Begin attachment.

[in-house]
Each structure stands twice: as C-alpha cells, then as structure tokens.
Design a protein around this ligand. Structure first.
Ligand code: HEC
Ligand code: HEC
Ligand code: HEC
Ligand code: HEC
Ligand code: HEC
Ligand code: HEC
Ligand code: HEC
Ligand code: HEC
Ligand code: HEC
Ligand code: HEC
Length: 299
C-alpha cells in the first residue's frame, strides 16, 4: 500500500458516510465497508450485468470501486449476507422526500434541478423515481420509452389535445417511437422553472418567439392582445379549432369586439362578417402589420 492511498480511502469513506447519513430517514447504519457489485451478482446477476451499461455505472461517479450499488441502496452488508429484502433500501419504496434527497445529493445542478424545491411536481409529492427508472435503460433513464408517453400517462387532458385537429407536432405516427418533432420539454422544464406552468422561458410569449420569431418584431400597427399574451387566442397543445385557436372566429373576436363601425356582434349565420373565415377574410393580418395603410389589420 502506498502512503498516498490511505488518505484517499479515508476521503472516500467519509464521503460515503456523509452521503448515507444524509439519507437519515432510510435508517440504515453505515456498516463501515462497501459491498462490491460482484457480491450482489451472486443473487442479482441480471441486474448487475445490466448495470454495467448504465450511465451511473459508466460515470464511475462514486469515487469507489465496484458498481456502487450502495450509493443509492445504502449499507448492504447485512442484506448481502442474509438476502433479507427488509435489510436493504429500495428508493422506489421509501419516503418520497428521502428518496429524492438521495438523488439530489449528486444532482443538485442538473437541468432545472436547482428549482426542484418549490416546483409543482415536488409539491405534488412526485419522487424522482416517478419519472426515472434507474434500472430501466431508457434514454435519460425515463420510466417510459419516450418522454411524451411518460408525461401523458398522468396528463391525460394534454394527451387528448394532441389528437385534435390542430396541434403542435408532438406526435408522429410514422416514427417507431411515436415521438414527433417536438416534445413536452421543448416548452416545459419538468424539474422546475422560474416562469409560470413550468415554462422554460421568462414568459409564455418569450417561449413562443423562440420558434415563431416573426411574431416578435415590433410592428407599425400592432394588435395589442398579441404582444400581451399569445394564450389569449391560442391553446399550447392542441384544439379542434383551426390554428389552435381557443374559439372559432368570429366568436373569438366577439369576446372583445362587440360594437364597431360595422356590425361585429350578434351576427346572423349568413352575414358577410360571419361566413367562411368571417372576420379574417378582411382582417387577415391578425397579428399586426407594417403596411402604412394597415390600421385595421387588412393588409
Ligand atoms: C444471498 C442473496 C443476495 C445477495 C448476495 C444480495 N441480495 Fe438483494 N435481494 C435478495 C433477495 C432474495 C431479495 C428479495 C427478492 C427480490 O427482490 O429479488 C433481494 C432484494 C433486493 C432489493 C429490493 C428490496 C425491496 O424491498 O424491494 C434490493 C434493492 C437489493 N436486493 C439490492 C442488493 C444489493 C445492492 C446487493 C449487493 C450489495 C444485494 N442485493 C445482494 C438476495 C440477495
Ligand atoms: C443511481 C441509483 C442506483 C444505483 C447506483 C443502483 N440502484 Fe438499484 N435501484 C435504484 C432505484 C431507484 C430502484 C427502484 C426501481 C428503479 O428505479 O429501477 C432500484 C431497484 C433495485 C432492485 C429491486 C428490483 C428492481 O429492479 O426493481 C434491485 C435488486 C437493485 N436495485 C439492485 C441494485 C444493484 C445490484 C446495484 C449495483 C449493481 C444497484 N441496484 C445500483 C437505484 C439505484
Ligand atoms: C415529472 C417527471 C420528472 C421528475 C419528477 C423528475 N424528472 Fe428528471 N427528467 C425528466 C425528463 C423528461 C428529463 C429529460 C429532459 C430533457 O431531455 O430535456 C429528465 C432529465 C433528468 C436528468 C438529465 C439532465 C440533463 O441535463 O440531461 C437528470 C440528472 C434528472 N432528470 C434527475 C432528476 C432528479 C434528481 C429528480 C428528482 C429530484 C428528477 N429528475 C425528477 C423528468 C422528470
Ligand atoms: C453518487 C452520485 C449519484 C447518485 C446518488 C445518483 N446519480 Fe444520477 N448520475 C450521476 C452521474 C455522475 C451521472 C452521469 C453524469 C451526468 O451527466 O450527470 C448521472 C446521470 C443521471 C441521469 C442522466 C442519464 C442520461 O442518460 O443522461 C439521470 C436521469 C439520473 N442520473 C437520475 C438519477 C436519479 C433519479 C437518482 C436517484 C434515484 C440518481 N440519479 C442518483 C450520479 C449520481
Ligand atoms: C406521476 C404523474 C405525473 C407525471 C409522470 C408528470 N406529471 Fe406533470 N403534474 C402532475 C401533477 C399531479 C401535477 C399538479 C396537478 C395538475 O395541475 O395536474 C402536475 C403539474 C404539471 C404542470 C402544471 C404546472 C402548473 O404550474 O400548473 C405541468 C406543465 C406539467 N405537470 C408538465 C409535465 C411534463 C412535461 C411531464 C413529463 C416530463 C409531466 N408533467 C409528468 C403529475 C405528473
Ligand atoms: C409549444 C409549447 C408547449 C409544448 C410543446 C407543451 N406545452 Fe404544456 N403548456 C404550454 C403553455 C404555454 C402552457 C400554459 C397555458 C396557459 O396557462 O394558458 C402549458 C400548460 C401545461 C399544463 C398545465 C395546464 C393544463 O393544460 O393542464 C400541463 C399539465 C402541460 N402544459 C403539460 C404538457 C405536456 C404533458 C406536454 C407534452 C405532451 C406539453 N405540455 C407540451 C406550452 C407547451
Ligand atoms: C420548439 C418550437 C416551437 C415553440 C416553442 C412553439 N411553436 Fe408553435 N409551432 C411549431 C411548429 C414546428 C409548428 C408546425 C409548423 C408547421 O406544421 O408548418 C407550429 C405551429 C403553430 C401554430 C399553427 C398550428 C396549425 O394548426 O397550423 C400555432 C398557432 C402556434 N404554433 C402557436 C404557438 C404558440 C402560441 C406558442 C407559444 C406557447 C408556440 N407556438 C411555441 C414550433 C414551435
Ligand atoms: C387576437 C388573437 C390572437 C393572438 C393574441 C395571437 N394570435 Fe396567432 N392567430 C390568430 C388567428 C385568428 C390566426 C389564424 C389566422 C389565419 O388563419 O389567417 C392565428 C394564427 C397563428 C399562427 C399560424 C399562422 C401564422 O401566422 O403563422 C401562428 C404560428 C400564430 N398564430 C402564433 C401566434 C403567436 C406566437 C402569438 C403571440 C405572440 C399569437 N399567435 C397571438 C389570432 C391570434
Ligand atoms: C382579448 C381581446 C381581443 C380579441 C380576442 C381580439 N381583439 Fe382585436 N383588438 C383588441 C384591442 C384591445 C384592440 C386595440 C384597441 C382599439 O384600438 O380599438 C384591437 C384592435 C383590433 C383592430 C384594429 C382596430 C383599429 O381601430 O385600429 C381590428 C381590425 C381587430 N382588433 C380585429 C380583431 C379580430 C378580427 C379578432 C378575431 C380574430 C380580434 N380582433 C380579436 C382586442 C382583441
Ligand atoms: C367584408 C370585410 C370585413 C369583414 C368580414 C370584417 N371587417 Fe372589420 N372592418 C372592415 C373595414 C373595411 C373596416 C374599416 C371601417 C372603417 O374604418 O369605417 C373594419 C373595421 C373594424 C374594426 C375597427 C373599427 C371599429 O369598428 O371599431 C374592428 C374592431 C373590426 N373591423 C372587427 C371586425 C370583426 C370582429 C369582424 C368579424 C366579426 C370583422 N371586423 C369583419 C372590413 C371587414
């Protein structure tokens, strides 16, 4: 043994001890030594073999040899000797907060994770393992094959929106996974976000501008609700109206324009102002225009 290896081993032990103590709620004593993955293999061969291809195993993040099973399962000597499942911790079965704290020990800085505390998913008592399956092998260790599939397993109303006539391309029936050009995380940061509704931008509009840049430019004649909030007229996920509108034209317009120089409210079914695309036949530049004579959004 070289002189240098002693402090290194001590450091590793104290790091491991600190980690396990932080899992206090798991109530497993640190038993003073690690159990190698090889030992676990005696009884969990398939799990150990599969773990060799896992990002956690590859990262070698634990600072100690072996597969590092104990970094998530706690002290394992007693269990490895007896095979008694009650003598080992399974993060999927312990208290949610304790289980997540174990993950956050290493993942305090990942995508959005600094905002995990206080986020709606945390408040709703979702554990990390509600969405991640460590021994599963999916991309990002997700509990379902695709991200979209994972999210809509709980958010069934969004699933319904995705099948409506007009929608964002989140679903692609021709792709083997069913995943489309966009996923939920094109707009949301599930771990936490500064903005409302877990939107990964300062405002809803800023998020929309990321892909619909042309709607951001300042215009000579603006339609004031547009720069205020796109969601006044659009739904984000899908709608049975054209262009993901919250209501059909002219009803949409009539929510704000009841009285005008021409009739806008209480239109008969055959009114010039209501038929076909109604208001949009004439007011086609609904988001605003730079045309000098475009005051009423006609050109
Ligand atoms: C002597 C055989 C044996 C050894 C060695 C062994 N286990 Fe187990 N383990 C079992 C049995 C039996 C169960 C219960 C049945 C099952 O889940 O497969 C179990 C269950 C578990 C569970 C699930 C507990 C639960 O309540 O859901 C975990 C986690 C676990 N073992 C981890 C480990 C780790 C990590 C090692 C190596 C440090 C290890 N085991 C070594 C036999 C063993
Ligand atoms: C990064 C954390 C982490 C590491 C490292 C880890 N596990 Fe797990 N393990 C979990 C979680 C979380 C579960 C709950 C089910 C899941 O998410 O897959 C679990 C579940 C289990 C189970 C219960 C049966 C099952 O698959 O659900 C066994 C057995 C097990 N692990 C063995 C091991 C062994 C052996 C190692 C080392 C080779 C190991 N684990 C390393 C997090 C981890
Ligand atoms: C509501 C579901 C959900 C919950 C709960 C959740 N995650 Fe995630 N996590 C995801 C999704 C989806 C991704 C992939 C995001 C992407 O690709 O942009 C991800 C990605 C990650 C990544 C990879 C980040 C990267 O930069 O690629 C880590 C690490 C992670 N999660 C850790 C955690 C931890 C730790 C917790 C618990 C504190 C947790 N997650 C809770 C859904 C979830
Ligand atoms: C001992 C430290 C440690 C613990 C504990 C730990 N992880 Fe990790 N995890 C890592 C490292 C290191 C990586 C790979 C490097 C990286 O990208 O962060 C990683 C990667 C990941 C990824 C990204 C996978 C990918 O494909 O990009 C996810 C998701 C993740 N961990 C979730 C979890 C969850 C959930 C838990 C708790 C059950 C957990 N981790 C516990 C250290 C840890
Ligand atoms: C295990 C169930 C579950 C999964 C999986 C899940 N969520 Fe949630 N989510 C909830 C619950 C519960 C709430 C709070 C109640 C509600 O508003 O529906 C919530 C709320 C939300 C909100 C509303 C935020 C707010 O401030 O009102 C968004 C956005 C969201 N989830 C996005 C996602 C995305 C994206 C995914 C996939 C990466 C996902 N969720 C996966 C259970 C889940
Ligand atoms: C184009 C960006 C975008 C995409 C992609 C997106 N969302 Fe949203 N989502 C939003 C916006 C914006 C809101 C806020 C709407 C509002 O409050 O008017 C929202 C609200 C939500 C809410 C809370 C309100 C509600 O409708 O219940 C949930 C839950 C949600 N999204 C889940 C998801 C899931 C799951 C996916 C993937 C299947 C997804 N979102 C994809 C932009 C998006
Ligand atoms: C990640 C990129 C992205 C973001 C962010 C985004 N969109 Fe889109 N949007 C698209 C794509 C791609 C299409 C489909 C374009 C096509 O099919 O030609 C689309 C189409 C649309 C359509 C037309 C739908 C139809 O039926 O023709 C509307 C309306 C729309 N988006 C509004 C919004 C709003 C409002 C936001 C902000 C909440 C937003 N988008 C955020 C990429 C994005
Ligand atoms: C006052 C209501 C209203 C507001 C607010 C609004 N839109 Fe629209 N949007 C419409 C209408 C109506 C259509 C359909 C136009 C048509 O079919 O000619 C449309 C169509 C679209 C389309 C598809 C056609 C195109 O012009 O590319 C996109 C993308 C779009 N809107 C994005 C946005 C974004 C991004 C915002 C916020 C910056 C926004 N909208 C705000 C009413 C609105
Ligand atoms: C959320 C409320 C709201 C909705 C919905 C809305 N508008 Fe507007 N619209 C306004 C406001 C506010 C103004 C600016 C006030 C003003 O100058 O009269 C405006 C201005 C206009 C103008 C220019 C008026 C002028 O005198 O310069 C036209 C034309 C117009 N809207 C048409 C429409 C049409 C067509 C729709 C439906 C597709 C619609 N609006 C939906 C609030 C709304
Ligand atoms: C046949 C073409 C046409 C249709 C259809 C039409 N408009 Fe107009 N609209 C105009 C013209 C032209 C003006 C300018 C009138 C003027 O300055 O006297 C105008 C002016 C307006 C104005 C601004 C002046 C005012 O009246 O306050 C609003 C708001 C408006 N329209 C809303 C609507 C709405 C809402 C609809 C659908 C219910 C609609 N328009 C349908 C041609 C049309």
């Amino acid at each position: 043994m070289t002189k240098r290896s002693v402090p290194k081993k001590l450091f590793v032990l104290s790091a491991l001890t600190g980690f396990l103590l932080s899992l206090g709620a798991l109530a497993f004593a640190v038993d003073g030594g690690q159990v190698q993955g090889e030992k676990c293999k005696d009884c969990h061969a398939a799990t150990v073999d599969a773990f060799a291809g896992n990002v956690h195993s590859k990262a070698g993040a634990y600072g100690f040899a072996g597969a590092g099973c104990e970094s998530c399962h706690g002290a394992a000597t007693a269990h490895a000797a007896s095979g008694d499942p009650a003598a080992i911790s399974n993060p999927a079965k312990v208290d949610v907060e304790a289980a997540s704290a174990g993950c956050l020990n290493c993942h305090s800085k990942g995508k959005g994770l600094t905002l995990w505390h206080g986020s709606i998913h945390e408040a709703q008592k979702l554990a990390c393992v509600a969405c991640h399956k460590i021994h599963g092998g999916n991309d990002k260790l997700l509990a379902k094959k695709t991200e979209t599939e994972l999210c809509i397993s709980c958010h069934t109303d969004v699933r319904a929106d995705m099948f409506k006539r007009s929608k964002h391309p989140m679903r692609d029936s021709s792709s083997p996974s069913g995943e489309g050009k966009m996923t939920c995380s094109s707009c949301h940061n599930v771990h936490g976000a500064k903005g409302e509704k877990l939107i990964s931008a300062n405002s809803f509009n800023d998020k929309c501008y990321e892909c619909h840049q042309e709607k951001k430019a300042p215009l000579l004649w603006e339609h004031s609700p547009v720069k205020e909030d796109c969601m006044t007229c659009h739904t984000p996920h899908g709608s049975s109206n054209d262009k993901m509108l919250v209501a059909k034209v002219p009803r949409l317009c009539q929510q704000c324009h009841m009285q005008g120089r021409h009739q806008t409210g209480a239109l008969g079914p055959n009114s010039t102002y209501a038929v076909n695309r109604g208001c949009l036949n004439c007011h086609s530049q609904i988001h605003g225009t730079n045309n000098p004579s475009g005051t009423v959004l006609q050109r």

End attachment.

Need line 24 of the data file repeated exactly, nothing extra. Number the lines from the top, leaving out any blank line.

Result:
Ligand atoms: C382579448 C381581446 C381581443 C380579441 C380576442 C381580439 N381583439 Fe382585436 N383588438 C383588441 C384591442 C384591445 C384592440 C386595440 C384597441 C382599439 O384600438 O380599438 C384591437 C384592435 C383590433 C383592430 C384594429 C382596430 C383599429 O381601430 O385600429 C381590428 C381590425 C381587430 N382588433 C380585429 C380583431 C379580430 C378580427 C379578432 C378575431 C380574430 C380580434 N380582433 C380579436 C382586442 C382583441